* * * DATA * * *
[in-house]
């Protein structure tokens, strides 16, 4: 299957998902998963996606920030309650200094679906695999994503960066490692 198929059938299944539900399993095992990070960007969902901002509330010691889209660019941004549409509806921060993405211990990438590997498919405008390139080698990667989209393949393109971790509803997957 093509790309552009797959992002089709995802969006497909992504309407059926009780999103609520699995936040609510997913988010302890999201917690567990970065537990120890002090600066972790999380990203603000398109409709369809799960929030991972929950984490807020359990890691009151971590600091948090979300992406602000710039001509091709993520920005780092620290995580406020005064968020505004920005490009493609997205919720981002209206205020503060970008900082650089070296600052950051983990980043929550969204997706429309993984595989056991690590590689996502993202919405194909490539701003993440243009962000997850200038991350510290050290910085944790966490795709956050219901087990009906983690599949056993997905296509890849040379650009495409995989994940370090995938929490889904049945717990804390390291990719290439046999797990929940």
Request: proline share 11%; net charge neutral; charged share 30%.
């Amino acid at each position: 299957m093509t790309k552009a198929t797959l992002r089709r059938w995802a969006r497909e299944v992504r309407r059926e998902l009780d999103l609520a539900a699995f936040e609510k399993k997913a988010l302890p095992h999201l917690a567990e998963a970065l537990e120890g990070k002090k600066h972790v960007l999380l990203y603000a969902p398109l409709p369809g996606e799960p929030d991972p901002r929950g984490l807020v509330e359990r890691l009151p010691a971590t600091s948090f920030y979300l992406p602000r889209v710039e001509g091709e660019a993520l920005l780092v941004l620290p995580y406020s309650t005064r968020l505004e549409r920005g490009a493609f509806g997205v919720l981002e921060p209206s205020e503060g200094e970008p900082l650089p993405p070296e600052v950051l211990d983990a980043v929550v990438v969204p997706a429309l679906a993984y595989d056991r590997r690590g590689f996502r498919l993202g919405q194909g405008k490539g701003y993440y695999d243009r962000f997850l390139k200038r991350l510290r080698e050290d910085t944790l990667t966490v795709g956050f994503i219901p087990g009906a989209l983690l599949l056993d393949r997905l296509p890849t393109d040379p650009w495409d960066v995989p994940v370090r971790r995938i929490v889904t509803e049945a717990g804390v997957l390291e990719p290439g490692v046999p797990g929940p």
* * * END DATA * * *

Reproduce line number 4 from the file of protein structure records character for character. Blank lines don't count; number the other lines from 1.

């Amino acid at each position: 299957m093509t790309k552009a198929t797959l992002r089709r059938w995802a969006r497909e299944v992504r309407r059926e998902l009780d999103l609520a539900a699995f936040e609510k399993k997913a988010l302890p095992h999201l917690a567990e998963a970065l537990e120890g990070k002090k600066h972790v960007l999380l990203y603000a969902p398109l409709p369809g996606e799960p929030d991972p901002r929950g984490l807020v509330e359990r890691l009151p010691a971590t600091s948090f920030y979300l992406p602000r889209v710039e001509g091709e660019a993520l920005l780092v941004l620290p995580y406020s309650t005064r968020l505004e549409r920005g490009a493609f509806g997205v919720l981002e921060p209206s205020e503060g200094e970008p900082l650089p993405p070296e600052v950051l211990d983990a980043v929550v990438v969204p997706a429309l679906a993984y595989d056991r590997r690590g590689f996502r498919l993202g919405q194909g405008k490539g701003y993440y695999d243009r962000f997850l390139k200038r991350l510290r080698e050290d910085t944790l990667t966490v795709g956050f994503i219901p087990g009906a989209l983690l599949l056993d393949r997905l296509p890849t393109d040379p650009w495409d960066v995989p994940v370090r971790r995938i929490v889904t509803e049945a717990g804390v997957l390291e990719p290439g490692v046999p797990g929940p």